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I need a sanity check. I am comparing two expansion processes with the same volume change. In both processes, there is a load on a piston that needs to be lifted a specified height. The piston cylinder is filled with a gas.

For the first process, the gas is heated reversibly so that the internal pressure is constantly equal to the external pressure (atmosphere + load). The amount of work done by the gas in this reversible process is $ W=p \Delta V $.

For the second process, the piston is pinned at its initial height, and the gas is heated at constant volume. Once the gas is heated sufficiently, the pins are removed and the gas is allowed to expand irreversibly and adiabatically against the constant external pressure (atmosphere + load). For this set of processes, the work done by the gas is still $W = p \Delta V $.

The initial and final states of the two processes are the same, so $ \Delta U $ for the two processes must also be equal. Because $\Delta U$ and $W$ are equal, the heat transfer into the gas must also be equal.

So my question is: Am I correct that the heat and work involved in these two processes, one which is a single-step reversible process and another which is a two-step irreversible process, are equal? Am I missing something in this analysis? This seemed surprising at first glance, though after I considered what these processes might look like on a $p-V$ diagram they seemed to be roughly the same. For the two-step irreversible process, the gas pressure isn't well-defined, but one could imagine that once the pins are removed, the local pressure next to the piston head would be roughly equal to the external pressure throughout the process, and so the fact that the two work values are the same perhaps makes sense.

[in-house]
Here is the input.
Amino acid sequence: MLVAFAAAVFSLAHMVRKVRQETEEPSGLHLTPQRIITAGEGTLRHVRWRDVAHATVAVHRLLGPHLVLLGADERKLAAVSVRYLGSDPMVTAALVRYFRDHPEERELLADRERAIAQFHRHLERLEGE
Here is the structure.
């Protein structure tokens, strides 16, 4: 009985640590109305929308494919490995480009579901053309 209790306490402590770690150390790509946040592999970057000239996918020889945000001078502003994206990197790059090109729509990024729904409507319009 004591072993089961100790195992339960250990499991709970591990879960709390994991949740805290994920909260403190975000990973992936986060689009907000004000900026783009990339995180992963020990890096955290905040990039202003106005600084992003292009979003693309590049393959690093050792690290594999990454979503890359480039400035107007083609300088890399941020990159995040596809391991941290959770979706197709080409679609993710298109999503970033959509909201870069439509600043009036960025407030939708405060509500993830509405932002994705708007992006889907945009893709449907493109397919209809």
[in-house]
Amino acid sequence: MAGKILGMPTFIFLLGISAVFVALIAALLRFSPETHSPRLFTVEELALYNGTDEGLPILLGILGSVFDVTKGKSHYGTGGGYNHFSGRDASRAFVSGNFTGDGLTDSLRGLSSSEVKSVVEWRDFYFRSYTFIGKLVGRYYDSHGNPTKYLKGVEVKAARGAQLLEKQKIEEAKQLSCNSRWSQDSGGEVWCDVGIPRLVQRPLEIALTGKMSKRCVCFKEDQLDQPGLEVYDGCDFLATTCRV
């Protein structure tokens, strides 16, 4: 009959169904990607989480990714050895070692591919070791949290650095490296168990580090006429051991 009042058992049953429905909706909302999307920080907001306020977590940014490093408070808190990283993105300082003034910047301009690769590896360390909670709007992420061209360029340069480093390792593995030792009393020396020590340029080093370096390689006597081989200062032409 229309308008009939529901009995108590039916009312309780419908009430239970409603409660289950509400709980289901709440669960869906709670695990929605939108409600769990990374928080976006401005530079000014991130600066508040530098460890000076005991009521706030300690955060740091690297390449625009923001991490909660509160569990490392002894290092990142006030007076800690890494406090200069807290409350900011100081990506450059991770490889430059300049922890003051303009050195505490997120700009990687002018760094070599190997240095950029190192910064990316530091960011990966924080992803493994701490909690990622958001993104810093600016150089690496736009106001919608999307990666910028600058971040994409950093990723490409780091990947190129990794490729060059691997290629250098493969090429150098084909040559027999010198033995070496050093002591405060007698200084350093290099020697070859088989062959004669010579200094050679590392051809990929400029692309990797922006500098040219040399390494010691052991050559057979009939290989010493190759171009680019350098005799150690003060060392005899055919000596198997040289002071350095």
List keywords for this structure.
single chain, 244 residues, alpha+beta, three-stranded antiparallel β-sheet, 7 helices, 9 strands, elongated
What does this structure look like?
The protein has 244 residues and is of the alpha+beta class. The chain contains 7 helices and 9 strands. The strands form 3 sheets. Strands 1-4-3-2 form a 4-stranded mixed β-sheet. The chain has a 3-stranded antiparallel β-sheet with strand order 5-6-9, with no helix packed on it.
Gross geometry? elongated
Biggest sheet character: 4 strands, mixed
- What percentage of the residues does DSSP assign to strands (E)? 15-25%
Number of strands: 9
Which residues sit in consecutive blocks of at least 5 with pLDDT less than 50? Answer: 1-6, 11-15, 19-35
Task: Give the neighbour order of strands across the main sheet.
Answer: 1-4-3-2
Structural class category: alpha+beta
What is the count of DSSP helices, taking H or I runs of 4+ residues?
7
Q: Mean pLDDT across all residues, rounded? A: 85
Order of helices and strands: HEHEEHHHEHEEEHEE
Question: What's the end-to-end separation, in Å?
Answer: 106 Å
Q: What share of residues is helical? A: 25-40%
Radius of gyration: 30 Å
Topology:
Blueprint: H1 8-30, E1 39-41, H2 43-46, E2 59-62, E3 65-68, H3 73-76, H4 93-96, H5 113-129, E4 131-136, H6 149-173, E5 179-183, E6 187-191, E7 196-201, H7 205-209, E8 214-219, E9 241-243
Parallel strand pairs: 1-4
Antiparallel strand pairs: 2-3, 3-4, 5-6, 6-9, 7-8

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  • $\begingroup$ Have you analyzed the two processes in detail? In the 2nd irreversible process, do you allow the gas to equilibrate with the piston and outside atmosphere, or do you force the piston to stop and V2? Is the heat added to the gas the same in both cases? $\endgroup$ Commented Feb 21, 2023 at 18:34
  • $\begingroup$ The net change in volume is chosen to be the same in both processes. In the second process, the adiabatic expansion occurs rapidly as soon as the pins are released, so it is certainly far from mechanical equilibrium through most of the process. Because it is adiabatic, the gas is also not equilibrating with the external temperature, but instead the temperature will be determined by the equation of state of the gas based on the pressure, volume and temperature after the constant-volume heating process. $\endgroup$
    – scmartin
    Commented Feb 21, 2023 at 20:11

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Very interesting question.

I've analyzed both these processes as you have described them, and they do indeed have the same final state, heat Q, work W, internal energy change $\Delta U$, and entropy change $\Delta S$. So what is different? Well the 2nd process has a smaller $\int{(dQ/T)}$ than the first process. So, for the 2nd process, $\Delta S>\int{(dQ/T)}$

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  • $\begingroup$ Thank you! I'm actually planning to compare these to a third process that has the same initial and final states but where one of the steps is a reversible adiabatic expansion. I'm putting this together as an exercise for my students, but wanted to make sure my ducks were in a row before we get started. I'm glad you reminded me of the difference in the total entropy production of the two processes. I need to give more thought to the $dQ/T$ integrals for the irreversible processes. $\endgroup$
    – scmartin
    Commented Feb 21, 2023 at 21:08

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